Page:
I enjoyed my visit to the Drop Redoubt open day (especially because I wanted a photo of the Bredenstone) but sanitized places where you have to "Go here.. Don't go there.. Look at this!.. Clap now.. Move on.." aren't my scene at all.

A few months ago I read something about the government being concerned that children were being kept in, or only indulging in organized activities, sometimes up to the age of 14 or so. This, in my not always humble opinion, is a sure recipe for producing conformist vegeatables - they may become eminently suitable for the "Get up, go to work, watch television, go to bed" way of life but they're more like cardboard cut-outs rather than natural human beings.

The excitement of exploring the North Centre Bastion, Drop Redoubt, etc., while we were children - and without any adult supervision - meant we learned to face fear rather than to temporarily overcome it.

Even now I would rather wander about the tunnels without a torch than with one. Having said that, however, the primary purpose of my most recent visits has been to take photos within a limited time span so using a torch has been a necessary part of it.

I've said this elsewhere but even at my advanced age, two hours in the North Centre Bastion brings more head-to-toe excitement than a year playing video games or a lifetime of watching soaps can ever do!

tessg907 on April 29, 2009

how can u get to this bit?????

John Latter on April 30, 2009

tessg907 said:

how can u get to this bit?????

This is at the very back of the caponnier marked "C" on the satellite view

It doesn't look much in the photo - just a small room with holes in - but that's because it's been illuminated by the camera flash.

Most of the tunnels are quite dark or very dark, but this place is absolutely pitch black. When we were kids, I can remember we milled about at the entrance wondering what to do when I think I got volunteered to go first by being shoved in the back - I say, "Go first" when what I really meant was, "Go alone": no-one was going to follow me until I re-emerged in one piece.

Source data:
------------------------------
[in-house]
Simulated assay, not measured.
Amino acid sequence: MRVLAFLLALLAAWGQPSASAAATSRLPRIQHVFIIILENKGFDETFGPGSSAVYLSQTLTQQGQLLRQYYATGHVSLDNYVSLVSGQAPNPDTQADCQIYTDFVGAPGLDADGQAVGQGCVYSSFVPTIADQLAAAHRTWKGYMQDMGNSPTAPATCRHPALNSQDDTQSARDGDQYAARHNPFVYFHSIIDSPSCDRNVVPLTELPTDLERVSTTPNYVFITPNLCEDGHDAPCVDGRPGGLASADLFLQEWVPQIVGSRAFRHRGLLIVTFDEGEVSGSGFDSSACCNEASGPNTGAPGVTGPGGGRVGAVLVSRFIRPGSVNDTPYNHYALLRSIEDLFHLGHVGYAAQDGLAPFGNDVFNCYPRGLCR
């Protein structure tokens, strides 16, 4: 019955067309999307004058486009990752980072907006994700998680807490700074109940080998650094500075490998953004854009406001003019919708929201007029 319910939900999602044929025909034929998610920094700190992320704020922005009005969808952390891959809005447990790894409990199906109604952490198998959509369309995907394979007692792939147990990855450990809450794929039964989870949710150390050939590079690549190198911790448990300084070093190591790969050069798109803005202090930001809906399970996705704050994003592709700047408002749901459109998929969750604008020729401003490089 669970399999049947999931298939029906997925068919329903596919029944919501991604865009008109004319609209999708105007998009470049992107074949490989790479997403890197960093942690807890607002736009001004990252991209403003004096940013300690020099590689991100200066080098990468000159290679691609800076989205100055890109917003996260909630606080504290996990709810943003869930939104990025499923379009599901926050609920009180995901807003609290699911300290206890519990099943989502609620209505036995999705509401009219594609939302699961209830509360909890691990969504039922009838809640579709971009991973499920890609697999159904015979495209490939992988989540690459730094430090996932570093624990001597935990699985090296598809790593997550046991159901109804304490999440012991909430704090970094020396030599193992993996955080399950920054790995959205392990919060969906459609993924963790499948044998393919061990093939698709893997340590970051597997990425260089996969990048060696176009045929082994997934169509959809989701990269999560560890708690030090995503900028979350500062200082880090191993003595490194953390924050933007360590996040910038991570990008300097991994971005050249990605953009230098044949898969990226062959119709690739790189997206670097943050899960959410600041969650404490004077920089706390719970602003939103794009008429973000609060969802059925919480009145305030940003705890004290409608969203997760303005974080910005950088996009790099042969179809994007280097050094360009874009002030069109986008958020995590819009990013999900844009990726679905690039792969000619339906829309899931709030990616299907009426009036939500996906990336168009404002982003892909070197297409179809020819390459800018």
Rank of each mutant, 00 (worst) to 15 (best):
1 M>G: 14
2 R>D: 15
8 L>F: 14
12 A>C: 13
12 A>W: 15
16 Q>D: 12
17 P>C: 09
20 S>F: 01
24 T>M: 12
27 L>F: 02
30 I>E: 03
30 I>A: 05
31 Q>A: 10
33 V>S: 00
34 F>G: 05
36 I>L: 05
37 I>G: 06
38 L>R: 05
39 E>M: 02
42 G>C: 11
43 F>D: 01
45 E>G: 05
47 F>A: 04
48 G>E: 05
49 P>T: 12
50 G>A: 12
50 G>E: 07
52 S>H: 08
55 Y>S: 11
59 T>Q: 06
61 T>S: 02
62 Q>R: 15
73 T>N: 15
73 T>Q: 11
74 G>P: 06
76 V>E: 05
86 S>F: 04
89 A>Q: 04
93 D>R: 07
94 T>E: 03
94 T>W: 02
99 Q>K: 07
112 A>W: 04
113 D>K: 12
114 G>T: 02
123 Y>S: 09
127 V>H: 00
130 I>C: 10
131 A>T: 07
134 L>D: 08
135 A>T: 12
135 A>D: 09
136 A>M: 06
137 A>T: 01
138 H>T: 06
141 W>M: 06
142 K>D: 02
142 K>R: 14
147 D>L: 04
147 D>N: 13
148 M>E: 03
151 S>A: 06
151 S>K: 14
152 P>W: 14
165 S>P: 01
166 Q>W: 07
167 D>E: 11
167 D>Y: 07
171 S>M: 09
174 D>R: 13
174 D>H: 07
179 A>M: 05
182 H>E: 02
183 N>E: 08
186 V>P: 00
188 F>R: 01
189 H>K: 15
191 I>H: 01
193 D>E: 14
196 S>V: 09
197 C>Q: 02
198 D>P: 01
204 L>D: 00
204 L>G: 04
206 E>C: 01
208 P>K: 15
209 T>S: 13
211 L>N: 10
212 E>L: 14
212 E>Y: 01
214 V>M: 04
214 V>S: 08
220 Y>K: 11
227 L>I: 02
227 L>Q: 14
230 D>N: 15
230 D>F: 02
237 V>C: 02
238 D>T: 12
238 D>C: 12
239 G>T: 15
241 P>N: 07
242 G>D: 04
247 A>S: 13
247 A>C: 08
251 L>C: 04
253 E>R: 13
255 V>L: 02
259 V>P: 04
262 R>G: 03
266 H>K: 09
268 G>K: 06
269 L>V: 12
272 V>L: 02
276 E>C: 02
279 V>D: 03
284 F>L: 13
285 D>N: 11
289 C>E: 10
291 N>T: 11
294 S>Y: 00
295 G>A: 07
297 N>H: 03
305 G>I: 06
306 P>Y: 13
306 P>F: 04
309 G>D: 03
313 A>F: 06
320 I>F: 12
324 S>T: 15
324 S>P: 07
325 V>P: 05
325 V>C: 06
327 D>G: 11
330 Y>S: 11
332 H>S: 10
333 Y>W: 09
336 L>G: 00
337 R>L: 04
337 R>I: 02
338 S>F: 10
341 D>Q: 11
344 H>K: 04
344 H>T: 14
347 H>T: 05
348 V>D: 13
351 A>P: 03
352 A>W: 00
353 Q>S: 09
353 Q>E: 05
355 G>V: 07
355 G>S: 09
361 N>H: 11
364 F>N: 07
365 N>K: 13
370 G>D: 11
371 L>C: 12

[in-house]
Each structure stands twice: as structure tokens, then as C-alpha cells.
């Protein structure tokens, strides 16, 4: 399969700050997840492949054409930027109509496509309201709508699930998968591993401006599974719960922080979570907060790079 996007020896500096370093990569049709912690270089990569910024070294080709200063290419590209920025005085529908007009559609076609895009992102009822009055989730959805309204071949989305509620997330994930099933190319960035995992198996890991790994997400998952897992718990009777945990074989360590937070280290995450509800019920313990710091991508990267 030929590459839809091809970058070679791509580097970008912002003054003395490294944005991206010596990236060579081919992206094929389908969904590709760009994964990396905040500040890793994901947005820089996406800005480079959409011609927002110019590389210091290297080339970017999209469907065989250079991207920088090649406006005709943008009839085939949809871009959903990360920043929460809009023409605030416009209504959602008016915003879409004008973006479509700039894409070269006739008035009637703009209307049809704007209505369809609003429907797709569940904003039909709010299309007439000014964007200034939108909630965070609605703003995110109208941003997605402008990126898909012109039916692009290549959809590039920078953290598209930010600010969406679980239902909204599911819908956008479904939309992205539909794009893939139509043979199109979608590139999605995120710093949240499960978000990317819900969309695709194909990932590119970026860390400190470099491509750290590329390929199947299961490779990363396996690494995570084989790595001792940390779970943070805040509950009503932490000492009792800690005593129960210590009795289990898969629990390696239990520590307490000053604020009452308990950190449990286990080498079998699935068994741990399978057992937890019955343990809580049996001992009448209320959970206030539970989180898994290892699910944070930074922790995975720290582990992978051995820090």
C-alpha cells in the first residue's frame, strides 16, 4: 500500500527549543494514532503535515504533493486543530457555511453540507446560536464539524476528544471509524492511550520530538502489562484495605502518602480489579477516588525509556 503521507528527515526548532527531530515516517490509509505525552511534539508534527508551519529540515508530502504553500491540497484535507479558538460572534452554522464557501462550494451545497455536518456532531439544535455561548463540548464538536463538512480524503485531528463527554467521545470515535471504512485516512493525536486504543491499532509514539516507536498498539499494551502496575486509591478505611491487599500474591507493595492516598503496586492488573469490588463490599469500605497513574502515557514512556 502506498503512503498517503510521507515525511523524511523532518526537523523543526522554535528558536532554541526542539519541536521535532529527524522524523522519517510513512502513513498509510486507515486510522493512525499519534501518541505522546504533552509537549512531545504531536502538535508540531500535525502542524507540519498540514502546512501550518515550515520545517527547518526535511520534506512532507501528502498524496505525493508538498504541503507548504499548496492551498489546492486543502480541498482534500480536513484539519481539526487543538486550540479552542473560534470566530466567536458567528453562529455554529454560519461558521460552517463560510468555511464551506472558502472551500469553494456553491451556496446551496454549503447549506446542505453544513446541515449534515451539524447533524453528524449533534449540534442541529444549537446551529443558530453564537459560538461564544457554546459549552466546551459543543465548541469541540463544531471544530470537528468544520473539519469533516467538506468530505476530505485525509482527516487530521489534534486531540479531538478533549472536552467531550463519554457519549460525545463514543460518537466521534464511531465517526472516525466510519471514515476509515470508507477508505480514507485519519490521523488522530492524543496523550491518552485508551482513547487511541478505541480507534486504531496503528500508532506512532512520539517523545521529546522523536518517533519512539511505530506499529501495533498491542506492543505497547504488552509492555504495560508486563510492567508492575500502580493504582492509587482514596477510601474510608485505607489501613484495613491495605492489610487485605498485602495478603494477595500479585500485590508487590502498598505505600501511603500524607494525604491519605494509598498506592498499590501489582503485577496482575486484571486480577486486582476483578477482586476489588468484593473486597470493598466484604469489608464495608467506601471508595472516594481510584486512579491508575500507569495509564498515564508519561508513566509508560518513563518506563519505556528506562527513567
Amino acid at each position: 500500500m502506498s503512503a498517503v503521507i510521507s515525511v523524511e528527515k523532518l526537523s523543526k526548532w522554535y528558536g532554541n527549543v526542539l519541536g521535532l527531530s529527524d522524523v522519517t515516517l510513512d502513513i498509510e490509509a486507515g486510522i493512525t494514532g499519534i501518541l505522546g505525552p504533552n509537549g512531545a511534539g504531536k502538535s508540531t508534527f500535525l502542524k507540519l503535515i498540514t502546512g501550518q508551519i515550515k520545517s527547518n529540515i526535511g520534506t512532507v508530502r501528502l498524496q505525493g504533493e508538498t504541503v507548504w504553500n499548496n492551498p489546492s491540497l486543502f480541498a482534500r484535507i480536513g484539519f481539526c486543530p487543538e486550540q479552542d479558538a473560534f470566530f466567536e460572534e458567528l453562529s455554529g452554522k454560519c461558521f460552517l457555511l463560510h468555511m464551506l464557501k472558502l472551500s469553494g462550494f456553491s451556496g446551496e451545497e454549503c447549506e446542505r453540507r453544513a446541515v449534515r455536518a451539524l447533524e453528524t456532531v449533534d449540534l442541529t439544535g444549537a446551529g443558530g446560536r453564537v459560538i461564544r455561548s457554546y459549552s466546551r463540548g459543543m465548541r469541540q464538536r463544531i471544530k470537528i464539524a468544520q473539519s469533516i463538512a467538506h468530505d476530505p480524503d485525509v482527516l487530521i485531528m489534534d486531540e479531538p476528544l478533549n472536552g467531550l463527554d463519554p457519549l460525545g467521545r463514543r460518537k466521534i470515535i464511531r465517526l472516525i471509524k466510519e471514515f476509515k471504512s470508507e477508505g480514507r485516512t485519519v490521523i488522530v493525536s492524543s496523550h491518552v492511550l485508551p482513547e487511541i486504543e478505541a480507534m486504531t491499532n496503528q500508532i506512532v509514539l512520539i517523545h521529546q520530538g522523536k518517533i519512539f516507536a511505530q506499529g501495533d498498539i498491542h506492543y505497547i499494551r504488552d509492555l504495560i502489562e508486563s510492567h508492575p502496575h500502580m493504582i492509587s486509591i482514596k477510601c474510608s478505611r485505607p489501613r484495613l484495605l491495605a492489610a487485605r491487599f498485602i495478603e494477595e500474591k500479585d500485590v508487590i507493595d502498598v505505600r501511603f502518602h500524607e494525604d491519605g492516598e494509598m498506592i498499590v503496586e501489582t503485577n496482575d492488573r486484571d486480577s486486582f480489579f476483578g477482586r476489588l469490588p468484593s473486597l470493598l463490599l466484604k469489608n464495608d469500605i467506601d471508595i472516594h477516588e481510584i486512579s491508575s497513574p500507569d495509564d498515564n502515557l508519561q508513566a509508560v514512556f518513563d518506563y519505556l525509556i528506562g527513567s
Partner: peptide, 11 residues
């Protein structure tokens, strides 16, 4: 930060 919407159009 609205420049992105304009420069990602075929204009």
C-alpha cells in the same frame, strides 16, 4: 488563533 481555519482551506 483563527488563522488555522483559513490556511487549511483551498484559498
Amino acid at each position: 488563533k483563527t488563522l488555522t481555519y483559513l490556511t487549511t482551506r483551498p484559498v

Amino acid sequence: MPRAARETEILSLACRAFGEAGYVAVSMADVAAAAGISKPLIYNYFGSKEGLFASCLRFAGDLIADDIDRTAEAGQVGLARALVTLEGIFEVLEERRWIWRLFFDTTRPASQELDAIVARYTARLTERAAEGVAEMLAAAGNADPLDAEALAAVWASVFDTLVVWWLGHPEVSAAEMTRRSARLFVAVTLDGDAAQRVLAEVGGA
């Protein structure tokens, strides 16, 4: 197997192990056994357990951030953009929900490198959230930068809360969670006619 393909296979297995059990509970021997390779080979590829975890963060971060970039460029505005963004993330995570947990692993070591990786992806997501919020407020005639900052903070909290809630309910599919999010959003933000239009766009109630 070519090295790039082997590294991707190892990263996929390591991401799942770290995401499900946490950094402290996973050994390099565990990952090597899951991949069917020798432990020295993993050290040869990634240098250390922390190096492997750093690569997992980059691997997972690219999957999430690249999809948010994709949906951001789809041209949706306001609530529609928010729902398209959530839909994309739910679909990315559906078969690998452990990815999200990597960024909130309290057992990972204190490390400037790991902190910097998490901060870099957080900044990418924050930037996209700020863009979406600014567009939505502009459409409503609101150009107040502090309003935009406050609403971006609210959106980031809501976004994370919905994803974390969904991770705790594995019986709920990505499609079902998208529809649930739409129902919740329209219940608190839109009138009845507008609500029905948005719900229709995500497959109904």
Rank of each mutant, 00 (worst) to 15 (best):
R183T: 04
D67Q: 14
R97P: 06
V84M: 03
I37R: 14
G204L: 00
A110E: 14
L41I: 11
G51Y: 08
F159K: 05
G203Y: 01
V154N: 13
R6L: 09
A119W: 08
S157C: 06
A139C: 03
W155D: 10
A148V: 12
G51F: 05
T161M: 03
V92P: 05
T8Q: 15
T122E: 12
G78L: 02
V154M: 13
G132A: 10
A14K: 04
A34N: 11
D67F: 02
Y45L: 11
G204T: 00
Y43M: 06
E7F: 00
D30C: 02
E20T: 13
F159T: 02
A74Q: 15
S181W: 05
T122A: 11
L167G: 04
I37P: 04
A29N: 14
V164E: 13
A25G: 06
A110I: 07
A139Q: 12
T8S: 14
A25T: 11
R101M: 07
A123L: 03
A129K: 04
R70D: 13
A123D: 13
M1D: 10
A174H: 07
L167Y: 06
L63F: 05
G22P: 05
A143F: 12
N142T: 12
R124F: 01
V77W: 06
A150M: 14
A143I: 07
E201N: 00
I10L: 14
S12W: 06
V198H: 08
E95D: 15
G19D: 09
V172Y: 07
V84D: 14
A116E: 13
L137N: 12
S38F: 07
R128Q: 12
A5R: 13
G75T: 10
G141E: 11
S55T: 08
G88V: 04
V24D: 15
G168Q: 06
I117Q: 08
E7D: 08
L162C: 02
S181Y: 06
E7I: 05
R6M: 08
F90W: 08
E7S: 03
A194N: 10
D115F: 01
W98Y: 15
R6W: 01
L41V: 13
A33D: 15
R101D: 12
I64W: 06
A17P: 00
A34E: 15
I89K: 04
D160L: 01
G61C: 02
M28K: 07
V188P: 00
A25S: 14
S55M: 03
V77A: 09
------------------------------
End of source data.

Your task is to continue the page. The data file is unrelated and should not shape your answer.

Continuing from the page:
There was a lot more rubble about on the floors in those days, so I entered the blackness shuffling my feet along with my left hand always in contact with the wall and my right hand held out in front of me. Of course, it was very scary but I figured that I would always know how to get out as long as the wall on my left was continuous - if anything went 'wrong', all I had to do was turn around and run like blazes.

Anyway, it didn't take long to reach the far wall and I thought, "Room, not tunnel", but I had to go around the whole thing to check that it wasn't a tunnel with a turning in it.

When I began coming back along the right-hand wall, I could see my friends hovering around the entrance - it was amazing how much light there now seemed to be there!

As I've said before, explore the fear at the same time as you explore the room and that's it: job done :)

John Latter / Jorolat

Part of the Images of Dover website.

John Latter on November 16, 2010

The English Heritage Pastscape entry for the North Centre Bastion and Detached Bastion reads (1):

TR 3110 4083 North Centre and Detached Bastions

North Centre Bastion was begun in 1804 during the Napoleonic Wars, as part of the Western Heights fortress in Dover. It remained unfinished at the end of the war in 1815 but was completed to a revised design between 1859 and 1867; this resulted in two linked bastions known as North Centre Bastion and Detached Bastion (2).

Both were surveyed and researched by the Royal Commission on the Historical Monuments of England between 1998 and 2001 as part of the Dover Western Heights Survey Project (event UID 1316220 and monument UID 467989). See the archive report and plans for full details: Pattison P The Western Heights, Dover, Kent; Report no 5 North Centre and Detached Bastions.

An English Heritage site and Scheduled Monument; the Detached Baastion is also known as "Dead Man's Island".

Photos of the Detached Bastion are included under the North Centre Bastion tag.

(1) Pastscape: North Centre Bastion

(2) The bastions are linked by the South Caponier (see South Caponier interior; South Caponier exterior).

All photos of Dover's 'Forgotten Fortress' can be found under the Western Heights tag which includes the Drop Redoubt, Grand Shaft, North Entrance, Pre-Napoleonic Earthworks, and St Martins Battery.

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Photo details

  • Uploaded on April 3, 2007
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    by John Latter
    • Camera: PENTAX Corporation PENTAX Optio 33LF
    • Taken on 2007/04/01 09:49:49